We are still eating cake today…I had some for breakfast (is that wrong, especially on a Sunday!?). A baptism at church – which was lovely. Actually the whole service was cracking. St Peter’s is really coming alive for me again – I can’t analyse that at the moment so I will have to get back to it at some point. Anyway, we went to the Wheelers for lunch which was a real treat. Fab food including a very nice pudding (chocolate fudge cake with raspberries – yum yum) a great tour of their new house – which is pretty impressive – on 3 levels including 3 toilets and a chapel! What more could you ask for? They have kindly lent us their roof box for Andrew and Julian’s wedding so we will be able to get the tent in the car – phew!

After Eva went to bed Mark and I watched the first series of Gavin and Stacey and ate a rather appropriate omelette (cheese and ham). Perfect end to a lovely weekend.

– I have just realised that this is a rather food driven post (hey ho)!

Written by ellenloudon

April 27, 2008 at 10:05 pm

Posted in family, friends, stuff

there’s a big mouse working at the anglican cathedral Liverpool

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…and it’s name is Claire

Be afraid, be very afraid.

Written by ellenloudon

April 25, 2008 at 7:21 pm

Posted in friends

world turned upside down

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Last night Mark, Bob, Sue and I went to see Billy Bragg. Reminded that I met Bob and Sue at a Billy Bragg gig 13 years ago – a benefit to safe the Picket, Liverpool (seems like we’ve been trying to save the Picket ever since!)… and that at another Billy Bragg gig in the same year I also re-met Mark. So, Billy Bragg has been an important catalyst in the making of our friendships. Anyway, we’ve all got a bit older and I am not sure how much wiser but we definitely still share the same desire to see the world turned upside down. Perhaps each of us has our own (different) reasons for sharing such a vision but it remains a significant topic of our conversations and a business of our endeavors. In my case I remain convinced that poverty and injustice prevent people from hearing the good news of the kingdom of God and that as the people of God we have an obligation to fight injustice at every level wherever we encounter it. This week we have been meditating on The Jesus Manifesto – a vision of the world changed forever (Matthew 5; Acts 17:1-9). Jesus’ vision for the world turned upside down was one of the meek and the poor being inheritors and the the peacemakers being called children of God. The first will be last and the last will be first.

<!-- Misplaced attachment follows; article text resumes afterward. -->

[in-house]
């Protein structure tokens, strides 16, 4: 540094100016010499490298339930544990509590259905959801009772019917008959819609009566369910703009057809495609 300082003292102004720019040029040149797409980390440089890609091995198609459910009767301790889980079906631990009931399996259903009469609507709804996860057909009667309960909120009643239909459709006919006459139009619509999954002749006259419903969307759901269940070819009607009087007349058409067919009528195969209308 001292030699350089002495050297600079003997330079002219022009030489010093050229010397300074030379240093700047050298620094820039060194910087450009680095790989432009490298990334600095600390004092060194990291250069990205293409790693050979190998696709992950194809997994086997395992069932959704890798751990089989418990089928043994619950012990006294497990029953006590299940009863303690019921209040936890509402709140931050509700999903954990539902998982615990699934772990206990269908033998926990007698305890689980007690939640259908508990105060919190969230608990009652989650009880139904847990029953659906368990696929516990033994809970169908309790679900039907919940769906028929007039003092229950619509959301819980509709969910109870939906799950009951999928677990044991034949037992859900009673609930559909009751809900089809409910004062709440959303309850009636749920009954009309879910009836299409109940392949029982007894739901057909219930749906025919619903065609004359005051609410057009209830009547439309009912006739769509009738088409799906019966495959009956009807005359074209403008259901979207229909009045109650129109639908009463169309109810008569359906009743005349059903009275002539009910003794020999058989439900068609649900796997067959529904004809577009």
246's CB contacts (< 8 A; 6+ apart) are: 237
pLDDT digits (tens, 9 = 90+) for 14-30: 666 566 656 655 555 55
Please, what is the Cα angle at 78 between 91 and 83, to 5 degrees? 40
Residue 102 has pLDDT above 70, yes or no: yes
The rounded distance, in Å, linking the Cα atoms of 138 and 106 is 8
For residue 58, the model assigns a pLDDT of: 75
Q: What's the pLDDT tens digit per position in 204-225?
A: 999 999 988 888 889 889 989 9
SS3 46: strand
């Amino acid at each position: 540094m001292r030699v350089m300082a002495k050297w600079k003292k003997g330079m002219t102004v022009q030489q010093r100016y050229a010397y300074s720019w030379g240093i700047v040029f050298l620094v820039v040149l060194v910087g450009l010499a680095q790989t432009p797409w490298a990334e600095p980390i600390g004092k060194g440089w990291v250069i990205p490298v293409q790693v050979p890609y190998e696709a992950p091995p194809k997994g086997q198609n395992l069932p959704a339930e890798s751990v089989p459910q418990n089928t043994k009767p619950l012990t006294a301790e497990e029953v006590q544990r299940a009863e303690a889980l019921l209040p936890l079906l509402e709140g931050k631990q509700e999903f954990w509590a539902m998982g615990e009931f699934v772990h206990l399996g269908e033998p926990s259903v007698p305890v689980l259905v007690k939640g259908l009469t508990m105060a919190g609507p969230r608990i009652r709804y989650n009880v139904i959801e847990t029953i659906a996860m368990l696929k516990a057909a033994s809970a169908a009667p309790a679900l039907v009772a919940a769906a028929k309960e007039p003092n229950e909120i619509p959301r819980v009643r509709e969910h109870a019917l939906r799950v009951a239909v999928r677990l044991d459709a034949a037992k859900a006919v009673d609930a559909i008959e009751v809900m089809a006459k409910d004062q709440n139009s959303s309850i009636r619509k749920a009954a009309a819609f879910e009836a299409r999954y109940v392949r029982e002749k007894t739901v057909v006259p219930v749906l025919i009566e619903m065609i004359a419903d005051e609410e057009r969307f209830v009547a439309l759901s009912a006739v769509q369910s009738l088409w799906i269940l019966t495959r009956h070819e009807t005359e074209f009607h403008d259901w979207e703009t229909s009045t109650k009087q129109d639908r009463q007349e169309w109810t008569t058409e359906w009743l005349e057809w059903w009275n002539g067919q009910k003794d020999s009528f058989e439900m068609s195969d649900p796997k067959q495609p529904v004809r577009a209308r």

Anyway, I post this clip of Billy Bragg – his “World Turned Upside Down”. A story of what happens when the dispossessed proclaim what is theirs.

Written by ellenloudon

April 25, 2008 at 9:38 am

up the workers

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The teachers (the NUT) are on strike today. Not everyone will be on strike but even those who don’t will be happy enough to take the pay rise should the strike succeed. Nobody chooses to lose a day’s pay unless they feel the reasons for such action is valid and I have a great deal of sympathy for their decisions. That said I have not been very happy about the decision I made to take Eva into college today. She has found it very difficult to live by my college bound disciplines and I have found it challenging to deal with her dissatisfaction. I have realised that college is quite a demanding environment – demanding of my time, my affection, my patience, concentration etc etc and that having a small person about whilst trying to maintain those demands has not been very easy. Sharing me and college has not been great for poor Eva. I am not the best mum in the world here!

Anyway, the day is nearly over and nobody has got hurt. We are off home in a minute and will have a lovely time chilling out for a few hours before Mark and I go out to meet Bob and Sue. They have come down from Liverpool on their way to Cornwall. We are off to see Billy Bragg tonight – which I am excited about. So, best get off and have a nice time in the sun.

Written by ellenloudon

April 24, 2008 at 2:10 pm

Posted in family, trinity college


with one comment

I am just about to go into lunch at college and I can’t be late today because I want to get on a table that serves Crème brûlée. It’s not often that I sit on a main meal table because I am trying to eat less meat and prefer the vegetarian table but unfortunately this table is also a fruit table and I am not prepared to make that sacrifice when it is a Crème brûlée day! I am not sure why I am telling you this or even that you’ll be interested!??? Hey ho

Anyway, the fact that I haven’t posted anything since Sunday is an indication of how busy and distracted I have been:
– I have done quite a lot of liberation theology reading and am nearly ready to write the essay (but not sure when I will have a window of time to do that!)
– I went back to college and attended a lecture
– I met Ravi Holy (he was taking the lecture on universalism) and we chewed the cud
– Some Foundationers came round for the community meal last night and we had a great time. It seems really odd to think that that was our last community meal together. I have made some significant relationships in Foundation and I really am going to miss the fellowship. It was a good send off. Thanks everyone!
– I am at college again and have a day of meetings and paperwork, tonight is our passover meal so it is also a day of food!

Anyway, lunch is a calling.

Written by ellenloudon

April 23, 2008 at 11:41 am